Modeling for masonry is getting faster and faster, so a modeled order will often be ready for production sooner, relieving the pressure of getting product to the jobsite on time. Models display unit codes that correlate to the manufacturer codes so there are fewer errors in production. It is also easy to generate sub orders from a model based on the planned installation order. This allows a manufacturer to make the required product in the proper order. For jobs that require grinding or other secondary operations, this alone can make the difference in meeting a delivery schedule. Models improve everything from customer relations to how trucks are loaded in the yard.
More Informed Design Process Masonry models are currently being used for clash detection on jobs with full BIM requirements. Experience shows that masonry models are often the geometric standard when clashes occur due to their modular nature. Since these models account for individual units and are aware of their relationship to the bond pattern, they accurately reflect unit layout. This is useful in verifying that openings in the wall are consistent with the bond. Small adjustments to window and door locations are often the result of using a smart masonry model. If field cuts are required either to maintain bond or to locate openings, they can be properly identified and quantified in the model. Drawings showing the full bond layout produced from the masonry model help reduce labor costs for the contractor installing the product.
Executing Design Intent Looking at a recent example that used a smart masonry model helps illustrate the concept. Los Angeles Valley College’s new athletic training facility includes two main structures and multiple satellite structures such as storage buildings, site walls and dugouts. All structures use single wythe loadbearing masonry with 8″, 10″ and 12″ concrete masonry units (CMU). Architectural masonry provides exterior finish as well as some locations of interior finish.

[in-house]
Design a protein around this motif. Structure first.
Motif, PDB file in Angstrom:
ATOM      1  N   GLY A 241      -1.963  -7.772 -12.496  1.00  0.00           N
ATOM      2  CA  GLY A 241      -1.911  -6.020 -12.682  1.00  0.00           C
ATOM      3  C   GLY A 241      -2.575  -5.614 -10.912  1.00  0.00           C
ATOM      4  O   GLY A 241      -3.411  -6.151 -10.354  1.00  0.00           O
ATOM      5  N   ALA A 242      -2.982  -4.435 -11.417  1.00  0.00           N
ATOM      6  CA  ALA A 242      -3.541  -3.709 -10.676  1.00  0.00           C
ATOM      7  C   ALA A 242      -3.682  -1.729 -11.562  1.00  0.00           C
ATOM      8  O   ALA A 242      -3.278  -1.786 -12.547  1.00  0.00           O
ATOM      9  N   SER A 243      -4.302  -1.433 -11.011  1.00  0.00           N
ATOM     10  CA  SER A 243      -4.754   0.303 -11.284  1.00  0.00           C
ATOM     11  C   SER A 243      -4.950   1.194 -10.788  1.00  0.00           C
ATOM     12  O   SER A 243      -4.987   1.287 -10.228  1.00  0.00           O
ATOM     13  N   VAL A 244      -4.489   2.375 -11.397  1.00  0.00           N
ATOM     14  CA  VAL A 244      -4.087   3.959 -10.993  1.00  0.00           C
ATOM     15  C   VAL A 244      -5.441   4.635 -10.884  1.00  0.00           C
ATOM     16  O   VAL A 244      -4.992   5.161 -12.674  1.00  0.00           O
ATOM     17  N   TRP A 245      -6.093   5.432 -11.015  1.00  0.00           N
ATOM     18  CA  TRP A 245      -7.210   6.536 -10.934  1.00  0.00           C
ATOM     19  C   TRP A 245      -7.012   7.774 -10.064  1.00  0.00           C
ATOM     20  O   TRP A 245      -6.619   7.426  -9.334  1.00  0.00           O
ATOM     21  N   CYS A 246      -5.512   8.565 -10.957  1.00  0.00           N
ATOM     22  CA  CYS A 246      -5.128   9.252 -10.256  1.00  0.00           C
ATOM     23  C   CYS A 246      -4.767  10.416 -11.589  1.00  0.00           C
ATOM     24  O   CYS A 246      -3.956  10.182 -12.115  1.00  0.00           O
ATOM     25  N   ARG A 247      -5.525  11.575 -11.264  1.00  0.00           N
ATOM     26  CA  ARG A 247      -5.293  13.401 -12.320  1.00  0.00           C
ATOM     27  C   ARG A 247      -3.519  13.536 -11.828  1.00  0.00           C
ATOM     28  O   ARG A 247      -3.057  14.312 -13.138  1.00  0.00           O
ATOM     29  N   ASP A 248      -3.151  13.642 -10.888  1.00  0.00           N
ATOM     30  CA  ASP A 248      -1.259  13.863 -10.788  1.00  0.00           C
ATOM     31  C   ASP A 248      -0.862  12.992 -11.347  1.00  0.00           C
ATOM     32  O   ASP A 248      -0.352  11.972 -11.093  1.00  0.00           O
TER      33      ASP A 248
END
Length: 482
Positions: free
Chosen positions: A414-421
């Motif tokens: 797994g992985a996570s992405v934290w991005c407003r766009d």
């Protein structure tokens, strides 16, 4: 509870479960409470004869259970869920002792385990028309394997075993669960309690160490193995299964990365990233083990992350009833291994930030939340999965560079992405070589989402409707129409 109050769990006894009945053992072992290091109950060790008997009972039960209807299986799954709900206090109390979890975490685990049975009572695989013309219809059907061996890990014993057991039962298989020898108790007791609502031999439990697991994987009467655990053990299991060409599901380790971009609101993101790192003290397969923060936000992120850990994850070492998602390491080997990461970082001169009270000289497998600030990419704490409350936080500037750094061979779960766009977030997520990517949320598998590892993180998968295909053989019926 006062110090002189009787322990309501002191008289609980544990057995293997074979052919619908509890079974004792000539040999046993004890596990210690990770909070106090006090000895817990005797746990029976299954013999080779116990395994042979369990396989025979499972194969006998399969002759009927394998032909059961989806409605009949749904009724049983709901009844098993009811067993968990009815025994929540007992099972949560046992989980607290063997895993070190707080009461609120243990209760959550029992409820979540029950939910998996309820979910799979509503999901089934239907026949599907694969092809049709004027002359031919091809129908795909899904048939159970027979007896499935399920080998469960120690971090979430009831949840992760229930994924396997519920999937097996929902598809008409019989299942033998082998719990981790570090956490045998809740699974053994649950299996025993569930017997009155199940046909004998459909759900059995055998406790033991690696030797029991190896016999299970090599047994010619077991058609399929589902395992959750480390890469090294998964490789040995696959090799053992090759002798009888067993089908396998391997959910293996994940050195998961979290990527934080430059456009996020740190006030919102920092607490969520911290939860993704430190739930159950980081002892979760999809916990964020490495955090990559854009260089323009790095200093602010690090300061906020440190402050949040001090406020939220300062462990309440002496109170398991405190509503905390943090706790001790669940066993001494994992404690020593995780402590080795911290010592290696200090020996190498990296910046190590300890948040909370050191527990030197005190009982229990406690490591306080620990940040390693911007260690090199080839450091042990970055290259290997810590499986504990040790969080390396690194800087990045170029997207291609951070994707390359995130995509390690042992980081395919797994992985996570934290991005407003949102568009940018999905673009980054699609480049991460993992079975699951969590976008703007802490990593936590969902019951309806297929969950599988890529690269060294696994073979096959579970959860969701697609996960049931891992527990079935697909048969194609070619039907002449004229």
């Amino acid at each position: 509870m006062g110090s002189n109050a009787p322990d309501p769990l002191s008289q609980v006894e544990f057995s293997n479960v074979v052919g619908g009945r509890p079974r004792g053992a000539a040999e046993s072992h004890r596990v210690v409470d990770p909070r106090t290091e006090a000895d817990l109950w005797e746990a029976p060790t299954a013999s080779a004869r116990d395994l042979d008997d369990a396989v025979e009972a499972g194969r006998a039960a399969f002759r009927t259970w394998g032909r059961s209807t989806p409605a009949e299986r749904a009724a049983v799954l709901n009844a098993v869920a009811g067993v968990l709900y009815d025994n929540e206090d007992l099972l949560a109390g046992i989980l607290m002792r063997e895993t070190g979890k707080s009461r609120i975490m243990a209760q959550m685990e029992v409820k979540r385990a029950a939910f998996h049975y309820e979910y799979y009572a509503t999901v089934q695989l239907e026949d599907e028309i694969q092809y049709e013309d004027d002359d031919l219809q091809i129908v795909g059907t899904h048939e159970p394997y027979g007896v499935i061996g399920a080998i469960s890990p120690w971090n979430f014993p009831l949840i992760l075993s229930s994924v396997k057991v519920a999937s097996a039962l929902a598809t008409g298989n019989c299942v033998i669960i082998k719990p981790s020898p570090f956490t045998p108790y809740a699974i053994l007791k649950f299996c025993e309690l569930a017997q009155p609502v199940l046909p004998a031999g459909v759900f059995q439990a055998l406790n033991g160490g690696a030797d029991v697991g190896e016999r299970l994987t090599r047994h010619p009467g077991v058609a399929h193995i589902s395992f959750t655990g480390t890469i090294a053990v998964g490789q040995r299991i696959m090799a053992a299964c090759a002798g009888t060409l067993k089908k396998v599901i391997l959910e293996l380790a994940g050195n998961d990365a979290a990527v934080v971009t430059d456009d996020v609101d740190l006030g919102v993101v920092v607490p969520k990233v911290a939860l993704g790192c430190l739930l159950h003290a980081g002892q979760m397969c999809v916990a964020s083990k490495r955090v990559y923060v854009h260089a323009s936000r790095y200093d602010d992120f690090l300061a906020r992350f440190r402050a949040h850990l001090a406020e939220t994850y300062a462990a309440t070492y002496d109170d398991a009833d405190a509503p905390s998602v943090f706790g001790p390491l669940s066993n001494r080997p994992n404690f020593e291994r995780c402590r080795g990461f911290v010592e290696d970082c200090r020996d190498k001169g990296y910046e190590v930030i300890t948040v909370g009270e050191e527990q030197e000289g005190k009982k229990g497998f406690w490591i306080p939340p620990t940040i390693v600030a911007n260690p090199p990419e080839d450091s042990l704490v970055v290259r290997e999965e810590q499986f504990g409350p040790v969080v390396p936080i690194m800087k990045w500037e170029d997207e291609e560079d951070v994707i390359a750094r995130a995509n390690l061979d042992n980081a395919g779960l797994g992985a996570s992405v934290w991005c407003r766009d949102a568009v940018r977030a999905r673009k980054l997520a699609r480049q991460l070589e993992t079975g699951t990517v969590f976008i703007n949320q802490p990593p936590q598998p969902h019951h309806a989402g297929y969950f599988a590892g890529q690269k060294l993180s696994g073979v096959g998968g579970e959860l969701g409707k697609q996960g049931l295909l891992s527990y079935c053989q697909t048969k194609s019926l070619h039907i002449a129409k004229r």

Seismic requirements dictate: a) grouted reinforcement steel at 16″ oc both horizontally and vertically so stretchers are double-open end bond beam units, b) all corners and jambs are no-center-web- ring block to allow for proper grout flow and efficient installation with the maze of rebar.
Most CMU are standard ASTM C90 (1900 psi), but there are a few high-stress locations in each bed depth ( f’m = 2500 psi). By using a limited amount of high stress units, various sizes properly placed reinforcement and a variety of color and texture, this project capitalizes on many of the assets of masonry for an optimal design. In doing so, the masonry order needed to be very specific, making it perfect to high light the value of using a BIM for masonry solution.
Mason contractor Masonry Concepts had prior positive experience using BIM models for masonry, so smart models were employed again. This model contained 24,360 CMU, had 47 unique combinations of color, strength, shape and texture, and took three days to complete. After a process of review and revision, material was ordered.
The model identified a dimensional anomaly in the alignment of two walls allowing it to be addressed very early in construction. A complete order and seven sub orders were derived from the model to aid in production and material staging on site. Layout drawings were prepared from the model and should serve to expedite installation. The masonry model was provided to the general contractor for clash detection and integration into a parent BIM project model.
Giant Steps to Efficiency The kind of data generated from projects using models like this one is serving to increase the confidence of everyone involved with masonry. Architects who require and review masonry layouts can be assured that their design intent will be properly executed. Manufacturers receive more complete orders in a timely manner and can execute an efficient manufacturing plan.
Installers can literally see if an order is correct before placing it and they can be much more productive in the field by using detailed layout drawings that show codes, unit locations and bond pattern layout. Markets that embrace BIM technology should see the cost of masonry come down and value engineering of masonry decrease. As model automation improves, this kind of data will become available much earlier in the design process allowing for a much more informed masonry design process.
For masonry, BIM is helping good enough get a whole lot better.
Tom Cuneio, has been developing modeling solutions for masonry for over 10 years. His company, CAD BLOX LLC has provided models, orders, layout drawings and other BIM related services for over 400 commercial jobs. He is actively developing software and methods to help the masonry industry capitalize on the benefits of BIM technology. He is an honors graduate of the Mechanical and Aerospace program from the University of Missouri. 719.232.5570 | firstname.lastname@example.org